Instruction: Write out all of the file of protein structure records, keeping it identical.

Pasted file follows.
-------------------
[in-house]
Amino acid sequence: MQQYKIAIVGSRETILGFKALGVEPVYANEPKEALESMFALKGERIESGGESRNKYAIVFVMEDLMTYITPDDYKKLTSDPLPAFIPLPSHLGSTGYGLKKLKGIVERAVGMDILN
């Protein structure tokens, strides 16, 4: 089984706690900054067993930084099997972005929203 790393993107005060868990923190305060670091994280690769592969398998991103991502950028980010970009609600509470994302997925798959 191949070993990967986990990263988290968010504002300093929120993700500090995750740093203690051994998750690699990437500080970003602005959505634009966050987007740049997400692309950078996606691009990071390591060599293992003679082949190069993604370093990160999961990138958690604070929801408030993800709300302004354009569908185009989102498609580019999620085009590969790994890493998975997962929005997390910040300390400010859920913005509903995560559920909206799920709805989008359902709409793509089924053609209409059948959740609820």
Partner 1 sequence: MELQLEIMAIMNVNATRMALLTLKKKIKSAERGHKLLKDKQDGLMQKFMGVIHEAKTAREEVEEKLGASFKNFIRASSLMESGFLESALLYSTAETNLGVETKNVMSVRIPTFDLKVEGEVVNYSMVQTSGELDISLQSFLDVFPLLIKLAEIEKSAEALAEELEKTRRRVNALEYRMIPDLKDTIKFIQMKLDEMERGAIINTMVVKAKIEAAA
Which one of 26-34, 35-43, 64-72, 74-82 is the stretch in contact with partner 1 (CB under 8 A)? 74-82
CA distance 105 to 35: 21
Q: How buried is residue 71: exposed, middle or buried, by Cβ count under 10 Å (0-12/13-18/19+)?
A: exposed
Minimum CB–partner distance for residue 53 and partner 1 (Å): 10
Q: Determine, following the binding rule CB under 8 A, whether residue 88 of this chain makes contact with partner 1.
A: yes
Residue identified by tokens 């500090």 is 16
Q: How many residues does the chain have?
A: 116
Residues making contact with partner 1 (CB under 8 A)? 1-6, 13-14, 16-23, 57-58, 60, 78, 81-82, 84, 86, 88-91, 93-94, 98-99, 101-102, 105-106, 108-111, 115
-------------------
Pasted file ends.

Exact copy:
[in-house]
Amino acid sequence: MQQYKIAIVGSRETILGFKALGVEPVYANEPKEALESMFALKGERIESGGESRNKYAIVFVMEDLMTYITPDDYKKLTSDPLPAFIPLPSHLGSTGYGLKKLKGIVERAVGMDILN
């Protein structure tokens, strides 16, 4: 089984706690900054067993930084099997972005929203 790393993107005060868990923190305060670091994280690769592969398998991103991502950028980010970009609600509470994302997925798959 191949070993990967986990990263988290968010504002300093929120993700500090995750740093203690051994998750690699990437500080970003602005959505634009966050987007740049997400692309950078996606691009990071390591060599293992003679082949190069993604370093990160999961990138958690604070929801408030993800709300302004354009569908185009989102498609580019999620085009590969790994890493998975997962929005997390910040300390400010859920913005509903995560559920909206799920709805989008359902709409793509089924053609209409059948959740609820």
Partner 1 sequence: MELQLEIMAIMNVNATRMALLTLKKKIKSAERGHKLLKDKQDGLMQKFMGVIHEAKTAREEVEEKLGASFKNFIRASSLMESGFLESALLYSTAETNLGVETKNVMSVRIPTFDLKVEGEVVNYSMVQTSGELDISLQSFLDVFPLLIKLAEIEKSAEALAEELEKTRRRVNALEYRMIPDLKDTIKFIQMKLDEMERGAIINTMVVKAKIEAAA
Which one of 26-34, 35-43, 64-72, 74-82 is the stretch in contact with partner 1 (CB under 8 A)? 74-82
CA distance 105 to 35: 21
Q: How buried is residue 71: exposed, middle or buried, by Cβ count under 10 Å (0-12/13-18/19+)?
A: exposed
Minimum CB–partner distance for residue 53 and partner 1 (Å): 10
Q: Determine, following the binding rule CB under 8 A, whether residue 88 of this chain makes contact with partner 1.
A: yes
Residue identified by tokens 């500090």 is 16
Q: How many residues does the chain have?
A: 116
Residues making contact with partner 1 (CB under 8 A)? 1-6, 13-14, 16-23, 57-58, 60, 78, 81-82, 84, 86, 88-91, 93-94, 98-99, 101-102, 105-106, 108-111, 115